The new investors would then seek recoupment through the escrow, typically via indemnification procedures, which, if successful, would result in a reduction of the proceeds to be returned to the original investors. However, when R&W insurance is implemented, the new investors can make a claim against the insurance policy rather than seeking indemnity against the GP or the original investors. This allows the initial investors to “move on” after the transaction, without worrying that the new investors will come back looking to claim the escrowed proceeds. This can prevent acrimonious negotiations and even litigation, while enabling GPs to improve their balance sheet risks by eliminating potential claw back exposure and post-closing reserve requirements.

The Financial Case for R&W Insurance

The cost for an R&W insurance policy for a secondary transaction is typically 2.0% - 3.0% of the insurance limit amount. For a secondary transaction involving assets with an NAV of $100 million, the costs would be approximately $250,000 for $10 million of insurance coverage. Contrast that with the opportunity costs associated with placing $10 million of proceeds into an escrow account for one year and the financial case for R&W insurance can be considerable. For example, if invested in a one-year U.S. Treasury Bill, the yield on $10 million could be $467,000.2

A Growing, Global Trend

While R&W insurance policies have been common in M&A for many years, they are a relatively recent addition to the toolkit for practitioners in secondary transactions. Use of R&W insurance for GP-led secondaries increased significantly beginning in 2020 and has continued to expand over the last two years. Volume in secondary transactions is expected to be strong in 2023, as many PE firms are evaluating strategic alternatives to M&A. With that anticipated growth, PE firms and new investors are expected to continue seeking unique risk allocation strategies that benefit all parties, which is a primary feature of R&W insurance.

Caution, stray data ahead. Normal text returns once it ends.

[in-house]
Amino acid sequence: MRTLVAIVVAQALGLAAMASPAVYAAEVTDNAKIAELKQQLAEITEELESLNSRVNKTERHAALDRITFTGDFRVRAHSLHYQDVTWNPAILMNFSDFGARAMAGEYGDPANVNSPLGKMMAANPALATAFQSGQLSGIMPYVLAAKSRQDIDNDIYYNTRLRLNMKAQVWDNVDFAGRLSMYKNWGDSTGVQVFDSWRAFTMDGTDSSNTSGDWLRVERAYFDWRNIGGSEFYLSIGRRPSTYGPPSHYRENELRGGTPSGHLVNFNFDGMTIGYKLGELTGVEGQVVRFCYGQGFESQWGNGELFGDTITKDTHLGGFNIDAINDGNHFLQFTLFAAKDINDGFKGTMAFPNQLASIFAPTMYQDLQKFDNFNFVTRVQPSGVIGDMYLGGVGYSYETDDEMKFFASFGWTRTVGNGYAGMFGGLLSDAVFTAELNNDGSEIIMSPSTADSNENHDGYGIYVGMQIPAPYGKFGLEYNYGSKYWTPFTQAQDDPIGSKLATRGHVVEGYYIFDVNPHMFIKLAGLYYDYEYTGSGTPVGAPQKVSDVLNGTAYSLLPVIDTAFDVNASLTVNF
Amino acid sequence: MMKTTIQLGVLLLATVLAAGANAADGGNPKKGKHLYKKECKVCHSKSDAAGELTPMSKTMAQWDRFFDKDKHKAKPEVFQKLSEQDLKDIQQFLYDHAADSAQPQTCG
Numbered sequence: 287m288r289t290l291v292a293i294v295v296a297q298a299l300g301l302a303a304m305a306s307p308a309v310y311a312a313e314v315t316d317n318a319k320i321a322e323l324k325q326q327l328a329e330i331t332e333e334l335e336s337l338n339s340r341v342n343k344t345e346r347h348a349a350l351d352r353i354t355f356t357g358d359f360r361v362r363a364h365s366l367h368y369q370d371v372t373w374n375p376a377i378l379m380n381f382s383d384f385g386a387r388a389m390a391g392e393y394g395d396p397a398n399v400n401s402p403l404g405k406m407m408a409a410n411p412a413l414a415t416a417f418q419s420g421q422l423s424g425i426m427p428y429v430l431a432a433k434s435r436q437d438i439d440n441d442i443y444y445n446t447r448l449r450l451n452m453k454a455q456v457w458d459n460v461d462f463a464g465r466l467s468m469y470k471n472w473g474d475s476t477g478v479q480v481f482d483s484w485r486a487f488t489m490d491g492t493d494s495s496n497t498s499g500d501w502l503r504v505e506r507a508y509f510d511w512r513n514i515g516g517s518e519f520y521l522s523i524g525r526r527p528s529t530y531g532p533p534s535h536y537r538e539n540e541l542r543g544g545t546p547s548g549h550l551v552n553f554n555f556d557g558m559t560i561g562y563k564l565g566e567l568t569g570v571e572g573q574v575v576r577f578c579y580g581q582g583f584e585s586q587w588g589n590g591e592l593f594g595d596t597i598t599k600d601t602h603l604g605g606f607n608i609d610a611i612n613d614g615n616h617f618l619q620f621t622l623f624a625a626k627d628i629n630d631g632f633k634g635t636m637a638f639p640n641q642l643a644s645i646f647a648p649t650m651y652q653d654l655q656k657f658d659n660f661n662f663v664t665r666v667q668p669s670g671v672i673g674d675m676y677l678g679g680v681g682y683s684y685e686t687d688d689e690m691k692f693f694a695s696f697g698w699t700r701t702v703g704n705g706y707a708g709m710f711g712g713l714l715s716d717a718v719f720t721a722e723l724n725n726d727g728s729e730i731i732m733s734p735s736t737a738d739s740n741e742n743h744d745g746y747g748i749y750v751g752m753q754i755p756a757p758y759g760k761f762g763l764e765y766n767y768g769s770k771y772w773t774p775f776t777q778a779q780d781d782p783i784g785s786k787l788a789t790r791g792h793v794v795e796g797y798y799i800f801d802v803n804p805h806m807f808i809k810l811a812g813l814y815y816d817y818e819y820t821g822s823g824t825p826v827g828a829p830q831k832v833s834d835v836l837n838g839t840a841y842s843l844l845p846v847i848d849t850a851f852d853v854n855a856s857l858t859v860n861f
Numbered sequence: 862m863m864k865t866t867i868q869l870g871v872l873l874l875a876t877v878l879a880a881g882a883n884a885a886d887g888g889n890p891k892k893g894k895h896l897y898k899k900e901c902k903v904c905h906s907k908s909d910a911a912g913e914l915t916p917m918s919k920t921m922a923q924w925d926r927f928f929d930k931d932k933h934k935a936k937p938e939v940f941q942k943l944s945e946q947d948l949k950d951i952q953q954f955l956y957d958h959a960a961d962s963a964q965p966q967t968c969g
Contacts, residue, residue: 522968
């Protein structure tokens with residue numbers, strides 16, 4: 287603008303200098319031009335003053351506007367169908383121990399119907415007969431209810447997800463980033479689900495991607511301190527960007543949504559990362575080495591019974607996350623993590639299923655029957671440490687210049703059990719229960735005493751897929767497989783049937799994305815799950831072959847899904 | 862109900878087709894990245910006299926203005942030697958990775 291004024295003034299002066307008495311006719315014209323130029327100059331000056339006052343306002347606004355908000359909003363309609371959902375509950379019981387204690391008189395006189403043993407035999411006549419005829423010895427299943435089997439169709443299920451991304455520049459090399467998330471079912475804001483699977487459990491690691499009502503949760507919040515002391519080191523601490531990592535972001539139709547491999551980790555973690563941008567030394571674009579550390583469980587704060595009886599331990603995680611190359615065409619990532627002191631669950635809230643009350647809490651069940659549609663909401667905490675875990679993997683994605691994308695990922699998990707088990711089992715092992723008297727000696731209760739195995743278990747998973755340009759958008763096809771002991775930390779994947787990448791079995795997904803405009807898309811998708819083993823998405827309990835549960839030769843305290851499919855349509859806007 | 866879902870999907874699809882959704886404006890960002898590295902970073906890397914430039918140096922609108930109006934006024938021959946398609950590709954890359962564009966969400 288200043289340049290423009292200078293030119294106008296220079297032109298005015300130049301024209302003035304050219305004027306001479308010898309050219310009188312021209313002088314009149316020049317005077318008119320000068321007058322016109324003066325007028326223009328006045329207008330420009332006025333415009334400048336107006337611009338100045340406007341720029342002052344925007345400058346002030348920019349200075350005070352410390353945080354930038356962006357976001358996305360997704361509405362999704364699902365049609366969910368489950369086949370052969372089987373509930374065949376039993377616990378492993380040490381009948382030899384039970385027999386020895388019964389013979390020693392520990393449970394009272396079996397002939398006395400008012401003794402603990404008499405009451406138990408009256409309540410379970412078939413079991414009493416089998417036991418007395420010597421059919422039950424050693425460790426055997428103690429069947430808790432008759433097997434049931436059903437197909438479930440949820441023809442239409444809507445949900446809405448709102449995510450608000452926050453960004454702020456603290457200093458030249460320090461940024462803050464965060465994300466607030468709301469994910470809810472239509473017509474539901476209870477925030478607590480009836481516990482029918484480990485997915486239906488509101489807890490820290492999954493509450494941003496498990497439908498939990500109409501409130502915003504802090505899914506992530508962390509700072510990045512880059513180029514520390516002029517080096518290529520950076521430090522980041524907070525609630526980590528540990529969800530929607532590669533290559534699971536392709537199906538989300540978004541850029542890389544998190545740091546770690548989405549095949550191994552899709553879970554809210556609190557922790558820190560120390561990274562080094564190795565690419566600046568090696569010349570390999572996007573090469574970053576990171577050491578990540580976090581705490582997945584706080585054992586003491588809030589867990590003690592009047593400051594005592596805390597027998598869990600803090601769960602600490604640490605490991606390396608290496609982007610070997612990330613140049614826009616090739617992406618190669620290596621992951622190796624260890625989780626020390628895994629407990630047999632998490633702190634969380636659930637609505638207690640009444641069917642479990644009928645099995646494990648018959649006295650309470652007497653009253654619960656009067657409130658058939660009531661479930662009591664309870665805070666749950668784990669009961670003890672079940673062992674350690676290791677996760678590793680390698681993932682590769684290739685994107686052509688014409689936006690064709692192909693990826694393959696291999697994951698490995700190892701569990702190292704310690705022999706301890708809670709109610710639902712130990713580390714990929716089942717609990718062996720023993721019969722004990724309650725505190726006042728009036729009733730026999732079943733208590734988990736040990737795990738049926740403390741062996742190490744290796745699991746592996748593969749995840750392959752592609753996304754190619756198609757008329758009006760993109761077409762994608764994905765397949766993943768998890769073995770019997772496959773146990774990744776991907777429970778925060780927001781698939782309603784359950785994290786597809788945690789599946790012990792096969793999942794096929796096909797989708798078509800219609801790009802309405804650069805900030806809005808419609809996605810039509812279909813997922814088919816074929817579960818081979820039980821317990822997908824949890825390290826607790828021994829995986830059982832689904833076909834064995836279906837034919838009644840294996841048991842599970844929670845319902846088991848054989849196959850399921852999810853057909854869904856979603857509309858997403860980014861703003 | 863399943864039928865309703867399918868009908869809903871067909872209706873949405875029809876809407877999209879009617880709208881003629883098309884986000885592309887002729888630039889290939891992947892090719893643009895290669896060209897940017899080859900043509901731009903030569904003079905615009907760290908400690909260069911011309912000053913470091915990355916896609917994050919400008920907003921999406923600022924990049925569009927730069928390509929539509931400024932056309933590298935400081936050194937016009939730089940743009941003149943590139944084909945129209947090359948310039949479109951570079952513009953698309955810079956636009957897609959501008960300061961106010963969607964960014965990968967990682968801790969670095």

While the use of R&W insurance was pioneered in the U.S. and UK, there is a global appetite for secondary transactions, meaning PE firms and investors from all geographies will be seeking to effectuate similar constructs as those used in the U.S. and U.K. Growth in EMEA is already beginning to take shape, as there is significant opportunity seen in countries such as Germany and France, and firms are setting up global platforms in order to accommodate the expected rise in volume.

An Opportunity

As economic conditions continue to be volatile, access to liquidity may be a continuing theme for investors. That in turn could lead to further growth in the volume of secondary transactions, and thus a growing market for R&W insurance policies as well. Unknown risks are inherent in all types of M&A transactions. Bringing certainty to the process with R&W insurance allows buyers and sellers of GP-led secondaries to make better decisions.

General Disclaimer

The information contained herein and the statements expressed are of a general nature and are not intended to address the circumstances of any particular individual or entity. Although we endeavor to provide accurate and timely information and use sources we consider reliable, there can be no guarantee that such information is accurate as of the date it is received or that it will continue to be accurate in the future. No one should act on such information without appropriate professional advice after a thorough examination of the particular situation.